NAS products come in various flavors, and can be implemented in a number of ways depending on the clients being served. The NFS protocol is native to Unix servers and clients, and the CIFS protocol is native to Windows servers and clients. You can present a NAS share by using standard servers using the native protocol, or use a NAS appliance that is configured to serve both Unix and Windows clients by running both protocols simultaneously. The use of NAS appliances has become more popular since they are tuned to provide a single task, which is serving files. Whichever approach you use, there are some common best practices which can be used with any platform.
Common issues that affect NAS products are:
- Software versions
- Network hardware
- Network connectivity
- NAS hardware
Converting from servers to a NAS appliance
Some appliances allow you to create virtual servers for representing NAS shares. Using virtual servers simplifies the migration to a NAS appliance, since each virtual server can mimic the same node name and IP address of the server it is replacing. If you are using a Linux-based appliance for Windows CIFS shares, make sure your appliance conforms to the latest Samba version -- Samba 2.0.21c. Also, make sure your clients are standardized with the latest patches and service packs applied to reduce version issues.
Use the right network
NAS performance can be an issue when supporting many clients at the same time. It is imperative to use the right network. When choosing network hardware for NAS, be sure it supports Virtual LANs (VLAN) for traffic isolation, and IP trunking or port channeling for bandwidth aggregation. Gigabit Ethernet is the best platform for NAS shares, as it provides the most robust bandwidth. Use "jumbo frames" when possible to increase performance for large file transfers, and configure your network for "full duplex" operation.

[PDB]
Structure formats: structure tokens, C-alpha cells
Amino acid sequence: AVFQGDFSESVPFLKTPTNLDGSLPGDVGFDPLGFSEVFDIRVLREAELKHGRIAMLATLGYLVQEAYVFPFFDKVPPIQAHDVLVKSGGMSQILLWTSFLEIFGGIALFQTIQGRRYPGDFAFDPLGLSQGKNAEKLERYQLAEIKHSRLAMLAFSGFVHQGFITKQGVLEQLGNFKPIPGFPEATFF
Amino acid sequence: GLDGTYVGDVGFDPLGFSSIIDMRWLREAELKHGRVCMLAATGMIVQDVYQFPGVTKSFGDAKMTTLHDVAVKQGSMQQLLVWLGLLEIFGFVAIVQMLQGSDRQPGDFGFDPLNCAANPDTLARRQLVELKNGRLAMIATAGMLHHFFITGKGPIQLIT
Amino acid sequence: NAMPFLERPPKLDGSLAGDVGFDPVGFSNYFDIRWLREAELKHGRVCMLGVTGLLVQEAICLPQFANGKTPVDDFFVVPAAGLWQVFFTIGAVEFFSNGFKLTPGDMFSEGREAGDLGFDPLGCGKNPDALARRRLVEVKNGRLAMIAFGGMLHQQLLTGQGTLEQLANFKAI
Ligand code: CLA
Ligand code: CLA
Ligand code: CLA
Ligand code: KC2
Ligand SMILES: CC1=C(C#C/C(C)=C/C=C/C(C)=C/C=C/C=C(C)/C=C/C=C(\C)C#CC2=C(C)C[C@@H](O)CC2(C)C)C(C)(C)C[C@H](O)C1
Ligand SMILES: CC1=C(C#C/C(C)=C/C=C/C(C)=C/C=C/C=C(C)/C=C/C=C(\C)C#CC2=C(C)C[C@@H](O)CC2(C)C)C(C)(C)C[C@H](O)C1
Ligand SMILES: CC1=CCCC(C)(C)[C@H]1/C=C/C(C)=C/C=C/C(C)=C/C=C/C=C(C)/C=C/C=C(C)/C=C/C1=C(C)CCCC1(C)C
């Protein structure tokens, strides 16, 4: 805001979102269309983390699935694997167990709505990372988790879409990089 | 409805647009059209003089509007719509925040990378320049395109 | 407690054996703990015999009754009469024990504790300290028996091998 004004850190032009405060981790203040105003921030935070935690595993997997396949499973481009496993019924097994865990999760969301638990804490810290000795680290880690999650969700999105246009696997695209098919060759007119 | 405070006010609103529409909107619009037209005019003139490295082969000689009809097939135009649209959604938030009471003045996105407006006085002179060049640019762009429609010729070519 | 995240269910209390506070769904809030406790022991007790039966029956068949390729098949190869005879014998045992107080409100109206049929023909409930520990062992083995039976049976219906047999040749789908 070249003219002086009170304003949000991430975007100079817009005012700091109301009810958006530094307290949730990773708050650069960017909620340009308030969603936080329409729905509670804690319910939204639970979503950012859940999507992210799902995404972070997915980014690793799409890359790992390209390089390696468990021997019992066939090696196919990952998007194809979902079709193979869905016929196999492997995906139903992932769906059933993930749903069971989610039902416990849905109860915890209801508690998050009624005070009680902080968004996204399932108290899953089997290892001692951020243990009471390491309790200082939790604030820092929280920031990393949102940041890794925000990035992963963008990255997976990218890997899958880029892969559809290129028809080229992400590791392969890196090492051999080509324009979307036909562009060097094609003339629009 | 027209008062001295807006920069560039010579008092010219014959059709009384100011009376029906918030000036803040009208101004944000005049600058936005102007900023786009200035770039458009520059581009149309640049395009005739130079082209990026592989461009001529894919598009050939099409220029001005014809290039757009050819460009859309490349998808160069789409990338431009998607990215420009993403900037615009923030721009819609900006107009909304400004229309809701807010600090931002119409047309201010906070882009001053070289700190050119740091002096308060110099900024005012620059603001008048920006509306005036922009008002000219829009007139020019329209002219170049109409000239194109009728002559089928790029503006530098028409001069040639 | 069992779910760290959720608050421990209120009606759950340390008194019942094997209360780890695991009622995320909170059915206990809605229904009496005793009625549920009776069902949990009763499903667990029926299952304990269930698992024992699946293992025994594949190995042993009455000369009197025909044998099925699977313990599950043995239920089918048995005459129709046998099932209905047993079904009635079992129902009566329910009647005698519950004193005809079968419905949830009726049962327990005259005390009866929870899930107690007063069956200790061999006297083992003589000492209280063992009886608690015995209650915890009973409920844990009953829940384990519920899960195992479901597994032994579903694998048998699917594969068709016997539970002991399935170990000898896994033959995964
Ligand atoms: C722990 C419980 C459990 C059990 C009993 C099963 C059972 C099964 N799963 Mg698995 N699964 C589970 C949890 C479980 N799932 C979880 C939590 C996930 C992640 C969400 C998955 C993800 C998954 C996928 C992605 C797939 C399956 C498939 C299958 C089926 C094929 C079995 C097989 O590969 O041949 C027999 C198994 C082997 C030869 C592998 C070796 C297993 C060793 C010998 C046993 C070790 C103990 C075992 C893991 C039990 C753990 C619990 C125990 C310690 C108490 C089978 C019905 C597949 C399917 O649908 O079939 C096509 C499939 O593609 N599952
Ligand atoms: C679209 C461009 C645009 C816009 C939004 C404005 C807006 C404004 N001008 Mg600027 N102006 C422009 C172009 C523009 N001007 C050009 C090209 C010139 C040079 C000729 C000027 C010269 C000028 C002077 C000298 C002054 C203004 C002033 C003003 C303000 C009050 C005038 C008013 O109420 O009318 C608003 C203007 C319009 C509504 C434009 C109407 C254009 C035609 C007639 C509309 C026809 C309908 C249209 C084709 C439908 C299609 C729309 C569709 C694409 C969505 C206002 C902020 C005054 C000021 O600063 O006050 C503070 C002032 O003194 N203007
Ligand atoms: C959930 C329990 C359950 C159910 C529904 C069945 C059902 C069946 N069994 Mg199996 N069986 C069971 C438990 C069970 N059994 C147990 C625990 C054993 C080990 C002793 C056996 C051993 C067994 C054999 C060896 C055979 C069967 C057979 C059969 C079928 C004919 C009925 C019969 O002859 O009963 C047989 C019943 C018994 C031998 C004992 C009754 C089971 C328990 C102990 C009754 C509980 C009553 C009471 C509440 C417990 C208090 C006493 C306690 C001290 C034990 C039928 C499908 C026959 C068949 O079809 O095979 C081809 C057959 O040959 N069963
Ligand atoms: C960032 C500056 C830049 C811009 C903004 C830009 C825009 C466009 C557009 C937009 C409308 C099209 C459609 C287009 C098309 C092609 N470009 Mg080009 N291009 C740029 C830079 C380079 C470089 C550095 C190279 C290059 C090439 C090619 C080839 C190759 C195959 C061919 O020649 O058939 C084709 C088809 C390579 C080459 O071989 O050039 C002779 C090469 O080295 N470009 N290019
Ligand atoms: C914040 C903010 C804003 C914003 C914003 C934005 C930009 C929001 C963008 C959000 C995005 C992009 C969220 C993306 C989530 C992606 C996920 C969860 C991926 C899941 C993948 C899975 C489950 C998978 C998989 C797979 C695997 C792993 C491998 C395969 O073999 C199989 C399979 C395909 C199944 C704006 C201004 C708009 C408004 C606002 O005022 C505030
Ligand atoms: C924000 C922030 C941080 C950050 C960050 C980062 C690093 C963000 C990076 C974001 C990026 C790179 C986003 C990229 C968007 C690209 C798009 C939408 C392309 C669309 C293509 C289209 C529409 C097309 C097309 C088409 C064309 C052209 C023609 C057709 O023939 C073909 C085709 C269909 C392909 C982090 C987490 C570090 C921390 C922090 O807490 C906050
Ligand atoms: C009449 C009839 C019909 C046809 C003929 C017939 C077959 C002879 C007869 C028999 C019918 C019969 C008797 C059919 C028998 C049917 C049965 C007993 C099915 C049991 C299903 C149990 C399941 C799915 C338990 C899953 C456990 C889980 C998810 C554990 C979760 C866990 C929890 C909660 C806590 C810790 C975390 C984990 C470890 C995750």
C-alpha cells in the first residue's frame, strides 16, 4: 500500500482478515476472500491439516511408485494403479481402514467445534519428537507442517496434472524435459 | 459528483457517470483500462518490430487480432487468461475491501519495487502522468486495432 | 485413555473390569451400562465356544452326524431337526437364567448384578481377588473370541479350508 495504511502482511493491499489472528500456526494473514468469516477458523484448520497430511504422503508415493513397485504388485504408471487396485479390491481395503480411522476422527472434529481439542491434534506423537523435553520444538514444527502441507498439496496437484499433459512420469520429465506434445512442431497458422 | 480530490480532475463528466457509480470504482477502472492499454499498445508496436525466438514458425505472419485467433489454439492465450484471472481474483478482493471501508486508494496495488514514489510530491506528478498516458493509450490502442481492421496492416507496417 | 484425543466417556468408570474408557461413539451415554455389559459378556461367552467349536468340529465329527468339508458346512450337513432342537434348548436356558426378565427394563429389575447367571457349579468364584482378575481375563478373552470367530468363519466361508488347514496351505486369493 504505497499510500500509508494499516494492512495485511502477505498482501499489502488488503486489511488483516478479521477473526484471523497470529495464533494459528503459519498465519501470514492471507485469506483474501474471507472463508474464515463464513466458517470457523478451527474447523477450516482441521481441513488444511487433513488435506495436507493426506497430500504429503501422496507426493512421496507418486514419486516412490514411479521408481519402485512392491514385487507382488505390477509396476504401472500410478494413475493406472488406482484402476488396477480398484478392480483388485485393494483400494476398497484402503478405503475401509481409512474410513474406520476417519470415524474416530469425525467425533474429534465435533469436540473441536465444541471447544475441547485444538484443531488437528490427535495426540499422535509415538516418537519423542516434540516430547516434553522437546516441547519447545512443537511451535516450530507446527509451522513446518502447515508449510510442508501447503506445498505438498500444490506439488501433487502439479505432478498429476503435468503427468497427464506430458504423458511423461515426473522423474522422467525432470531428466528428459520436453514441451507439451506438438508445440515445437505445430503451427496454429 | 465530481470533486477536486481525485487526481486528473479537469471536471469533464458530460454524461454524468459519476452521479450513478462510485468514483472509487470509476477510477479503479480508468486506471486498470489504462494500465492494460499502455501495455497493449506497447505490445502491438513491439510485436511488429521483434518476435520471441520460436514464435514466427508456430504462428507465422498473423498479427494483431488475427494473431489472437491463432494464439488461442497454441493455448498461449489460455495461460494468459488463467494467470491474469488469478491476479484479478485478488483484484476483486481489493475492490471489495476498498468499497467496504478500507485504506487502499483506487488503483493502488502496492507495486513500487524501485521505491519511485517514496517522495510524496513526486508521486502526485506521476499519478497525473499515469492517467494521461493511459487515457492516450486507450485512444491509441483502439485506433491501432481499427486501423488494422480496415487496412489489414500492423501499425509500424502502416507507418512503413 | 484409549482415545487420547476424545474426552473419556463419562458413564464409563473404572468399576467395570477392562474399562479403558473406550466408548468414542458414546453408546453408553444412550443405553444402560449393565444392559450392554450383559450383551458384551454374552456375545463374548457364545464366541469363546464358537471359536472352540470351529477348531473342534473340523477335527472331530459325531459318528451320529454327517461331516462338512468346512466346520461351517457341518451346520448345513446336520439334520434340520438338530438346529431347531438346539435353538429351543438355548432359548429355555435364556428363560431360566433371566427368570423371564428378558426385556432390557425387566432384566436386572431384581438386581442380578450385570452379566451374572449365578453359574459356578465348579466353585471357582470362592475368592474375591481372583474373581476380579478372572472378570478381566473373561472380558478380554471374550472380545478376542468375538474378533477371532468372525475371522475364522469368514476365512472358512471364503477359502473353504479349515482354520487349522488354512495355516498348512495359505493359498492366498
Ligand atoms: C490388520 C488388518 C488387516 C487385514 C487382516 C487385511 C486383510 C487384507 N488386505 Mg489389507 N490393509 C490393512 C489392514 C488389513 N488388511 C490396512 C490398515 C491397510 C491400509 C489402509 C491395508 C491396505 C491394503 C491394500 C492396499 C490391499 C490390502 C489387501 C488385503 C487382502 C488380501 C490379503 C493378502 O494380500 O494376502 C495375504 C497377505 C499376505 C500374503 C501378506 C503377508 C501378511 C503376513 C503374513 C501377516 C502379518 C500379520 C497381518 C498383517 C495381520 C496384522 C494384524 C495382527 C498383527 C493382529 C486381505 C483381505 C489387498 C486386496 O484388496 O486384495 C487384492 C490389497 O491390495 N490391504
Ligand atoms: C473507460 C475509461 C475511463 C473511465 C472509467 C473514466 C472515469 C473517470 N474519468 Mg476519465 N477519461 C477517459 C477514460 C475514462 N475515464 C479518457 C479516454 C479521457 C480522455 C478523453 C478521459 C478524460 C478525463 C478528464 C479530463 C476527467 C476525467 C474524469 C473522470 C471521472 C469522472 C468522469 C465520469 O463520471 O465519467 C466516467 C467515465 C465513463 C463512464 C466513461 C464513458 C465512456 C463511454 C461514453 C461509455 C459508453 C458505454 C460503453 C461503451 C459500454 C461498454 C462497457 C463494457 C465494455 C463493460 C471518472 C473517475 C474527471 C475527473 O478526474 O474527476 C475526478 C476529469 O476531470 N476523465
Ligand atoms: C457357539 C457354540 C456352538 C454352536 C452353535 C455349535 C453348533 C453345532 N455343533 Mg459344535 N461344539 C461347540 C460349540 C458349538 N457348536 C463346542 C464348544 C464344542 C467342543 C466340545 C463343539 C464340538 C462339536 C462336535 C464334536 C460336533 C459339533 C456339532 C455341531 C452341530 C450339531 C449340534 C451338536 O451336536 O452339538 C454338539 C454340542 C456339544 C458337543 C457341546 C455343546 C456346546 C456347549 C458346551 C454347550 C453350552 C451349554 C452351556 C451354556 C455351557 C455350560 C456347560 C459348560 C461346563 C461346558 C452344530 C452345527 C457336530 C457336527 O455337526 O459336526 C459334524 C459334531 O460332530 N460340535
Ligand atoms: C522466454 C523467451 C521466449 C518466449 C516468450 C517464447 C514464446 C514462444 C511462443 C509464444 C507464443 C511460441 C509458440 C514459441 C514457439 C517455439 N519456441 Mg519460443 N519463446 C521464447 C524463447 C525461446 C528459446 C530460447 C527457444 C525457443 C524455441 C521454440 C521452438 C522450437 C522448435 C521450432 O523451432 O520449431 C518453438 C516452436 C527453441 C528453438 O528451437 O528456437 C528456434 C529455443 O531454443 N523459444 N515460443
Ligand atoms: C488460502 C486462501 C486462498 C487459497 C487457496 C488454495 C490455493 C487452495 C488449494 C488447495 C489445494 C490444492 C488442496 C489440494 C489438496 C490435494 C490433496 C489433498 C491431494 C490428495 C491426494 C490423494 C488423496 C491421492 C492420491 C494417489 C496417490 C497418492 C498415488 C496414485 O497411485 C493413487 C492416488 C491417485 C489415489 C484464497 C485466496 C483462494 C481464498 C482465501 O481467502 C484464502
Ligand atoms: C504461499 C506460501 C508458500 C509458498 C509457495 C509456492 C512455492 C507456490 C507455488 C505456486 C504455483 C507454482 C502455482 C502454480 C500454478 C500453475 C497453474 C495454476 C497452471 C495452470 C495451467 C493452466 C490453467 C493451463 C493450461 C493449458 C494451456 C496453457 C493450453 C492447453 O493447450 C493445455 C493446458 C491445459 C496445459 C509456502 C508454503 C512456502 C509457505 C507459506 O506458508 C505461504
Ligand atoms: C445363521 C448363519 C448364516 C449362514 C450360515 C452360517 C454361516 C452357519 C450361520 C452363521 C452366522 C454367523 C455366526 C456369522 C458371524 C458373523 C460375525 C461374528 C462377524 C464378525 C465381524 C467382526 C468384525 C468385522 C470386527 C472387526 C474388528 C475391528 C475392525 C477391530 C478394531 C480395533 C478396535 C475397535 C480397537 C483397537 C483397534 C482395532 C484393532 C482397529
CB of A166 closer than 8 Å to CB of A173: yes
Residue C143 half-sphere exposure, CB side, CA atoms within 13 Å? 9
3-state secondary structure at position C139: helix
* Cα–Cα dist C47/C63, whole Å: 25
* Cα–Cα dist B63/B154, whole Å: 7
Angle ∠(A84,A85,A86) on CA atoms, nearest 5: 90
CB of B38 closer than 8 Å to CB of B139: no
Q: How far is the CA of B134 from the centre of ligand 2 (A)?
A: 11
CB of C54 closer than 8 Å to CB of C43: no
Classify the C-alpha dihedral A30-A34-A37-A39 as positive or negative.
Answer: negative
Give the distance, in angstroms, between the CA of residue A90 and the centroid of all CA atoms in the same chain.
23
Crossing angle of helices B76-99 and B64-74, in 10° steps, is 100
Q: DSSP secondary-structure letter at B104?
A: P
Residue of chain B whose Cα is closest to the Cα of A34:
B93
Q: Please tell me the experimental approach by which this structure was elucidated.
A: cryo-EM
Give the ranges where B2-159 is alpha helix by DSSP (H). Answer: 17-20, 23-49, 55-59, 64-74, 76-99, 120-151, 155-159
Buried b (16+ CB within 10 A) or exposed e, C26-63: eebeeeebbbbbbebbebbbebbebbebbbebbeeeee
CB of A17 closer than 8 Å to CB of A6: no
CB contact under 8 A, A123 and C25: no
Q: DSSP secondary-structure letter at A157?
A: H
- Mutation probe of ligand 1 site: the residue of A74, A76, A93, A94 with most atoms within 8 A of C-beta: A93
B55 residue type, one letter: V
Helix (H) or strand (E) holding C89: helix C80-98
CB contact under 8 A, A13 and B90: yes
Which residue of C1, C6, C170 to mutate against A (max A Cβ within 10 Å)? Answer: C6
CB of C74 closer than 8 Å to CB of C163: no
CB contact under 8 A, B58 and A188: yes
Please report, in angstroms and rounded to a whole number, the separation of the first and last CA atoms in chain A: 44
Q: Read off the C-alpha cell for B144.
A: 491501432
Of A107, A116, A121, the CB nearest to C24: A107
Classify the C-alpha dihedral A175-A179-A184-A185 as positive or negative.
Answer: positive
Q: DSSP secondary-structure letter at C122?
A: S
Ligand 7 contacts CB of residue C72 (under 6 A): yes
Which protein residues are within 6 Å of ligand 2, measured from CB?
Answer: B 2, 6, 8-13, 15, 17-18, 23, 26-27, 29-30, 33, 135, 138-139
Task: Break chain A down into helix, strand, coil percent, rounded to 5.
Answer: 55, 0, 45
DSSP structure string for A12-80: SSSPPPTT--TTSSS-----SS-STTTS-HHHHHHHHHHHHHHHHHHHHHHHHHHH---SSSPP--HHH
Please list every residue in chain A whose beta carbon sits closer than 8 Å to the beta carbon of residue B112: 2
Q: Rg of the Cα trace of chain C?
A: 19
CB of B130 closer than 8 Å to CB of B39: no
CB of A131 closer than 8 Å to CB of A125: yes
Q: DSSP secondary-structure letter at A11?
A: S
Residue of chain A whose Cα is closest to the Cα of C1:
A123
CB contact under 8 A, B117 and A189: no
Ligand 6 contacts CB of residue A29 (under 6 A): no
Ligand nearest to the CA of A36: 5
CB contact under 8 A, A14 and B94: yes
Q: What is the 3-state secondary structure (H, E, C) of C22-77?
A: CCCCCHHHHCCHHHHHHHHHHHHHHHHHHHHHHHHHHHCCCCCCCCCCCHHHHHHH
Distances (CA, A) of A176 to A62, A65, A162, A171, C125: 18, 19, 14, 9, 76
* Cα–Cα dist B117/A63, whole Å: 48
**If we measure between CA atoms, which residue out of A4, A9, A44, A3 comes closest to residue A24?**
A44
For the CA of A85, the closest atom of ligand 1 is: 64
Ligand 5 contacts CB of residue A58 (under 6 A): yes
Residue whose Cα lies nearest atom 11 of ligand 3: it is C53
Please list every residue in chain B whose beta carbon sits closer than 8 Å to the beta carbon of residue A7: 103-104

Your NAS product should be connected to at least two IP switches, and the product should be configured as a cluster so that either a switch failure or NAS head failure does not affect client connectivity. Popular appliances can take advantage of "virtual interfaces" that allow almost transparent failover to another IP port if one port or path goes down.
The underlying disks used for your NAS storage can dramatically affect performance. You should use hardware-based RAID protected storage for best availability and performance, since software-based RAID can cause performance issues during disk failures. Also, make sure you spread your network cards across PCI busses within the server to prevent internal bottlenecks.
Optical networks are more secure than copper networks, since the cables are more difficult to tap. The backbone of the NAS infrastructure should use optical connections. When implementing a security model for files over NAS that will be shared between Unix and Windows clients, make sure your NAS server can apply Unix-style security and can also be integrated with Windows ACL security and Active Directory.
When implementing NAS, using best practices can assure your infrastructure is reliable and can perform to meet the demands of your clients.
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About the author: Christopher Poelker is the co-author of SAN for Dummies.
This was first published in March 2006